The Reasons You’re Having Such Vivid Dreams During These Days of COVID
Coronavirus pandemic dreams could be our brains’ response to uncertainty, stress, and anxiety
Last night I dreamed that I was sitting in some type of restaurant or cafe. I recall the shiny, lacquered tables, dim lighting, and streamlined decor. I don’t recall what I was eating, just that whatever I had was comforting.
I was sitting at a window facing out to the street. Looking out I could see much of the interior reflected in the glass. It must’ve been dusk and I could see my reflection in the low light. A few people were walking around outside.
I recognized a woman I’d once worked with but she’d left the company to pursue her own ambitions. I had not seen her for years. I liked her well enough, I just wasn’t in the mood to chat. I was hoping she didn’t see me.
We suddenly made eye contact. She smiled and waved at me. I waved back enthusiastically. Anyone would think I was thrilled about seeing her. Please keep walking. Ughh — she’s making her way to the door.
She entered through the double set of doors. There was a tight vestibule separating them. Then I thought she can’t come too close. She has to keep a good distance from me. No awkward hugs. Those days are thankfully over. She entered my space. And suddenly I woke up.
Wow! I can’t believe this was all a dream. I don’t typically have such detailed dreams. Not until all of this coronavirus pandemic started. I lay there for several minutes, re-acclimating to my real-world surroundings. I look at my watch. It’s only 3:00 a.m. Again with these weird dreams.
Now I know what happens. I won’t easily get back to sleep, and when I finally do, it will be a hard, deep sleep, and I will sleep longer than I was planning. Who cares? I have nowhere to rush to today. The time schedule has changed for many of us.
It’s not just me. This is not even a new phenomenon. With little effort, I find two recent articles published on the subject of coronavirus pandemic dreams.
It seems people around the world are now experiencing similar nighttime episodes — vivid and memorable dreams. There were also many of these experiences reported during the days after the 911 attack on the World Trade Center.
Scientific data on the topic is still too early in the test stages to provide solid, definitive findings, but there are many great theories based on experts in the science community. This connection between dream content and emotions.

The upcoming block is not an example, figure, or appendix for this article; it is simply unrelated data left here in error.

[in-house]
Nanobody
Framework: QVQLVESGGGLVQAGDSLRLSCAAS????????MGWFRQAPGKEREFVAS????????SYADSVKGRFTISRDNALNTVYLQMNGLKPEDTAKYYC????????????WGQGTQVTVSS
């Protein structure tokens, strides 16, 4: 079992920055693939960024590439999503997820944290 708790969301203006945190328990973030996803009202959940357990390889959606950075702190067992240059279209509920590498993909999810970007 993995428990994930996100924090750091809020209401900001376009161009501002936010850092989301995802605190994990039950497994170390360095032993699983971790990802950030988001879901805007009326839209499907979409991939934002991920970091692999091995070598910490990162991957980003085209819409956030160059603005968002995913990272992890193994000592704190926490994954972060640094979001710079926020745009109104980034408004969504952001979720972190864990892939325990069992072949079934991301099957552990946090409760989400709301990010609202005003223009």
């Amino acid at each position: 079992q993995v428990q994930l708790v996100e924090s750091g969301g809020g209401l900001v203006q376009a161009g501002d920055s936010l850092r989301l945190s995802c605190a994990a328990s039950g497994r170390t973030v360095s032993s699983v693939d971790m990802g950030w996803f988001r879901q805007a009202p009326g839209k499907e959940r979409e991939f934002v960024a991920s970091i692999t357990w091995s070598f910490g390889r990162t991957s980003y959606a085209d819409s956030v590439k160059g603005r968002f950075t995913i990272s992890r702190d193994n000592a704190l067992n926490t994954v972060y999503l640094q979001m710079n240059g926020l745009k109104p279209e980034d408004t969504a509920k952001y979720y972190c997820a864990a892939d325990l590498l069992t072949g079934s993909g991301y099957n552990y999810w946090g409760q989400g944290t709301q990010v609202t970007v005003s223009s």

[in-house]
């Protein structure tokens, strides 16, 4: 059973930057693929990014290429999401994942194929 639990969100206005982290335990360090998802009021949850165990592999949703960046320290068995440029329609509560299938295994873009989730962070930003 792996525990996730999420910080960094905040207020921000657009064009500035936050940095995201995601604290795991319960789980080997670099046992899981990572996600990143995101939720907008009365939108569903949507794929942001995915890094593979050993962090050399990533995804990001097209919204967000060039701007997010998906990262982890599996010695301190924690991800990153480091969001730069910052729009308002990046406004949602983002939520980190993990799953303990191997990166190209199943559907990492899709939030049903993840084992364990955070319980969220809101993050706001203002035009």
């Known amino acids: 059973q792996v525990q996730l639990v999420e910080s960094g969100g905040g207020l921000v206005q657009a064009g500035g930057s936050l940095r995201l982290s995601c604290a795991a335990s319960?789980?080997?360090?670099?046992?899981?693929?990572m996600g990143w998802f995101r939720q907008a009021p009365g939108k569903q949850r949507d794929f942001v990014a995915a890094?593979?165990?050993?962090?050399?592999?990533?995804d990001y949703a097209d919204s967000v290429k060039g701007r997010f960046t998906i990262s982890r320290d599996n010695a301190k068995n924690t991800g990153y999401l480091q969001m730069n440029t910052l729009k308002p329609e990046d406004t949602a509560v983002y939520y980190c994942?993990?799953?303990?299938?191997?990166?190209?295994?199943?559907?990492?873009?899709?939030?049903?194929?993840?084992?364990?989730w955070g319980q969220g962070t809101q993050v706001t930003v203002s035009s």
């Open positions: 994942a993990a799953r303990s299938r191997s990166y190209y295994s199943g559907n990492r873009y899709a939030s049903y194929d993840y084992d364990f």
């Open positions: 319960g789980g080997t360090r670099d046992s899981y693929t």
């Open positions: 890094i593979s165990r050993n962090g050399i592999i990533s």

Bizarre dreams are often connected to the intense psychological stress of unsettling memories. These dreams, though vivid, will often manifest themselves in some perceived symbolic threat rather than the direct threat looming in our waking world.
Millions of us are still sheltering at home during the coronavirus pandemic. Experts in the field of dreams believe that the sudden withdrawal from our daily routines, coupled with an underlying (or real) fear of a threat can force our subconscious to send our brains on a trip of sorts.
These trips can result in fantastical dreams, with symbolic elements standing in for the real threat. In the case of coronavirus, which is invisible, our brains can paint this threat in myriad ways.
According to Deirdre Barrett, assistant professor of psychology at Harvard University and author of the book, Committee of Sleep, dreams based in some form of trauma typically come in one of two patterns: They will either directly reflect or reference the traumatic event.
Some might dream they have caught the virus and are dying from it. Or they will be symbolic. In the case of coronavirus, this invisible threat can appear in your dream in the form of creepy figures, scary monsters, giant spiders, terrorists, or other images representing dread.
The incidence of these vivid dreams appears to have increased as the virus has spread globally. The reference to these types of dreams/nightmares is evident and widespread across social media. It was also noticeably apparent after the World Trade Center attacks in 2001.
This was the event that prompted a closer look into A Systematic Change in Dreams after 9/11/01. This became more a matter of scientific attention after growing numbers of people reported more intense and memorable dream experiences in the aftermath of the traumatic event.
The scientific study surrounding dreams is still a difficult topic to unravel, despite popular interest in the study. We know that our brains are busy encoding information during sleep. Whether dreams are part of this process, or a byproduct is yet to be determined.
What is for certain, is the fear and uncertainty as we struggle together in a global alliance to battle the coronavirus pandemic. This crisis has led to great anxiety and stress. For many, the fear is close and personal. These are the healthcare professionals and care-takers of victims. Those on the front lines. Those who’ve lost someone close as a result of the pandemic.
For many of us, our fear is not so direct, but it lurks unknowingly, stealthy. It seeks for a suitable host to inhabit. We do our best to stave off the threat. We must abide by the mandates put in place by our elected leadership. It’s much like wartime.
We shelter at home and endure some inconveniences and nightmares for a time. We tap into creative places. Dream of our family and friends who we will one day reunite face-to-face and not only in our dreams.